Here’s why Muhammad Ali couldn’t box in Chicago

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CHICAGO -- Harmene Hartman, publisher of N’digo newspaper, discussed Muhammad Ali’s contribution to the city with WGN Morning News Thursday.

N’digo honored Ali in 2005 at the N’digo Gala by presenting him with the Lifetime Achievement Award.

“I thought it was important that he be recognized in his second home city," Hartman said.

As part of his achievements, Ali started a scholarship to help send students to school.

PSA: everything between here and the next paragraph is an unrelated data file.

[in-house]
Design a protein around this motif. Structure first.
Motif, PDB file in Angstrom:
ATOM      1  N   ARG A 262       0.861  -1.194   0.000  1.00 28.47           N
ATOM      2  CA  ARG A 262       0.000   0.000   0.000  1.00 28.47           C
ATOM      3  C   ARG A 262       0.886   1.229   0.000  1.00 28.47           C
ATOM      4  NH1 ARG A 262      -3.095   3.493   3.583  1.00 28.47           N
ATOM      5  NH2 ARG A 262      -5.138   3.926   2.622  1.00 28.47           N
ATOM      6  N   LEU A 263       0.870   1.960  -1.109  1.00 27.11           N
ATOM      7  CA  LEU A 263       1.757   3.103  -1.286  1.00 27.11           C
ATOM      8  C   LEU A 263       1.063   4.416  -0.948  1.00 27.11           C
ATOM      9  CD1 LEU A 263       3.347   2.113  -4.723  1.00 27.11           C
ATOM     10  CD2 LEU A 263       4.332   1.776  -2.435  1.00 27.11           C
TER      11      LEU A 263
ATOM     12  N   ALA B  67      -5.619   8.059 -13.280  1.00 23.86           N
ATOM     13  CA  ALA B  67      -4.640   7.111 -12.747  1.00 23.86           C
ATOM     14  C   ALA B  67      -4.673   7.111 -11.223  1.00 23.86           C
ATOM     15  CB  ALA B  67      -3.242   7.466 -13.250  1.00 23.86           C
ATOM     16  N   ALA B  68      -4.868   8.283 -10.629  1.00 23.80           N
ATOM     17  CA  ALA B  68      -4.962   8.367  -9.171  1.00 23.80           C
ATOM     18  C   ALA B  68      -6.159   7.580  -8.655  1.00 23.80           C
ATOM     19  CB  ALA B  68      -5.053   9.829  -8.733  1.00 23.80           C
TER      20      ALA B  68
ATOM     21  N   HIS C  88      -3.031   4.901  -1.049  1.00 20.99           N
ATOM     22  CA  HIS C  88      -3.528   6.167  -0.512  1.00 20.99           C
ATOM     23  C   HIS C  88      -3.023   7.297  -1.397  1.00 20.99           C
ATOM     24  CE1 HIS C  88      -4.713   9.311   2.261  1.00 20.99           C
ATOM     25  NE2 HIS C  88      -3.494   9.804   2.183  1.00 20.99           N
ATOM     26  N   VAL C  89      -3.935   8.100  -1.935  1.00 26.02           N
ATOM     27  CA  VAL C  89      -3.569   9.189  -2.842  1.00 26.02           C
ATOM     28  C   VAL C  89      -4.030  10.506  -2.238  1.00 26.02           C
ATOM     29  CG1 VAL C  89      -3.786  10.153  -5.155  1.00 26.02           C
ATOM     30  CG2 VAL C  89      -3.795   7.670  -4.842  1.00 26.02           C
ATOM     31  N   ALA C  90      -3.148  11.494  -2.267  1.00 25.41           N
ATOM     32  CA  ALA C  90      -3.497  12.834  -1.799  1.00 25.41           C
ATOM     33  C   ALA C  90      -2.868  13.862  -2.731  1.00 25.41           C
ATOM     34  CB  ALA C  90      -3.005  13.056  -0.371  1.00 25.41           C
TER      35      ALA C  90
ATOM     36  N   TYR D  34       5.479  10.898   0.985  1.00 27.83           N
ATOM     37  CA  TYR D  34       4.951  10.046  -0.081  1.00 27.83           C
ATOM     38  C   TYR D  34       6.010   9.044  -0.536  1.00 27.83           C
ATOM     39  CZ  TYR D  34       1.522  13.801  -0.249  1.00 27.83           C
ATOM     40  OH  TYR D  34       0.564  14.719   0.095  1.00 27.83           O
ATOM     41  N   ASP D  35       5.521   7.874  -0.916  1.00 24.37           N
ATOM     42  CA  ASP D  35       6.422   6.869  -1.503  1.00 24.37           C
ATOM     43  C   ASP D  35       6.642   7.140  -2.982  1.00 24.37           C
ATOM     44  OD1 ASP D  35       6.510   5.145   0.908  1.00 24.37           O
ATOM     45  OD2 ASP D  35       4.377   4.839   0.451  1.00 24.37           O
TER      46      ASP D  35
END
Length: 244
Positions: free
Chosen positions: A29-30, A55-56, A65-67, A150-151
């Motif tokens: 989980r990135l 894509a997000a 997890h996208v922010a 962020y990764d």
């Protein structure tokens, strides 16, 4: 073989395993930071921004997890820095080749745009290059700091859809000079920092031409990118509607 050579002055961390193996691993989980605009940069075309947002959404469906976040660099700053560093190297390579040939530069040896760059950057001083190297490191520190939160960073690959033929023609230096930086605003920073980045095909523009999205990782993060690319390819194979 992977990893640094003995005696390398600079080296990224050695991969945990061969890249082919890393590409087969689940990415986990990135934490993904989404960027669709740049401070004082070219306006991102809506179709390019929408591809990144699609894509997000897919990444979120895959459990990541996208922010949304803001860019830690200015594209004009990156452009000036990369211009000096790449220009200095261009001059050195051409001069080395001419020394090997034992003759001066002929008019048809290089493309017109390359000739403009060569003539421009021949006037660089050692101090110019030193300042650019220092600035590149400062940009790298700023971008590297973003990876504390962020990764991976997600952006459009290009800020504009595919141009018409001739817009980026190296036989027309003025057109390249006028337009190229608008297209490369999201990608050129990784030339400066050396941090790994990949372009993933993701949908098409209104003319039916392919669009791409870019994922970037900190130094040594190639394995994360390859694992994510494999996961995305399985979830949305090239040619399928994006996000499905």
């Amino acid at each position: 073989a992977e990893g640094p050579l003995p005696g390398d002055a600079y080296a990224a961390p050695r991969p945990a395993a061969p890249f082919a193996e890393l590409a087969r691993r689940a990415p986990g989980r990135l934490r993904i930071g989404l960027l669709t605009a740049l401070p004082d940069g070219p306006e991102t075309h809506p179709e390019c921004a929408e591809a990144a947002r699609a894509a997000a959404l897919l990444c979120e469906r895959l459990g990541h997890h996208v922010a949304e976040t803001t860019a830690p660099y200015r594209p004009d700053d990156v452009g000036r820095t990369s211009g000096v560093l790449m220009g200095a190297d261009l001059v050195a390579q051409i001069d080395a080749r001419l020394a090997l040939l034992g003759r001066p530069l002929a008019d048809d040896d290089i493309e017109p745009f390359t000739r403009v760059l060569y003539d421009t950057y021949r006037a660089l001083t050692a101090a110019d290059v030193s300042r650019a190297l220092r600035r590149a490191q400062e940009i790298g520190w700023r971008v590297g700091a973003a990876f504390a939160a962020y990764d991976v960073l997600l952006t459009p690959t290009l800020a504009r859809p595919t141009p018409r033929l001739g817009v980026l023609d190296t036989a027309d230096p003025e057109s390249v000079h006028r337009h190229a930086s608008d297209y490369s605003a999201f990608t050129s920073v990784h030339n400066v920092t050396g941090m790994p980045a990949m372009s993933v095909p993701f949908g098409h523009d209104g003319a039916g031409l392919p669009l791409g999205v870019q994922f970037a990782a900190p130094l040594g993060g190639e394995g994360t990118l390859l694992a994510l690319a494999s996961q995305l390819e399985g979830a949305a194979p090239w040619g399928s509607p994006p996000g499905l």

“His criteria [for the scholarship] was ‘Go find bad boys from the West Side and tell them Ali is sending then to school.'” Hartman recalled.

The publisher said that even though he was a fighter, he refused to go to the Army when he was drafted to fight in the Vietnam War.

“It’s a poetic irony. Here is the heavy weight champion who says, 'I will not fight, I will not shoot and kill people,'” Hartman said.

Also, he was unable to box in Chicago. When he applied to fight he was denied because the name he signed, Muhammad Ali, was not seen as his real name. Cassius Marcellus Clay was Ali's name before he converted to Islam and changed it.

Even with his popularity, Hartman still describes Ali as a “regular guy.”

“He attracted people and people attracted him.” Hartman said.

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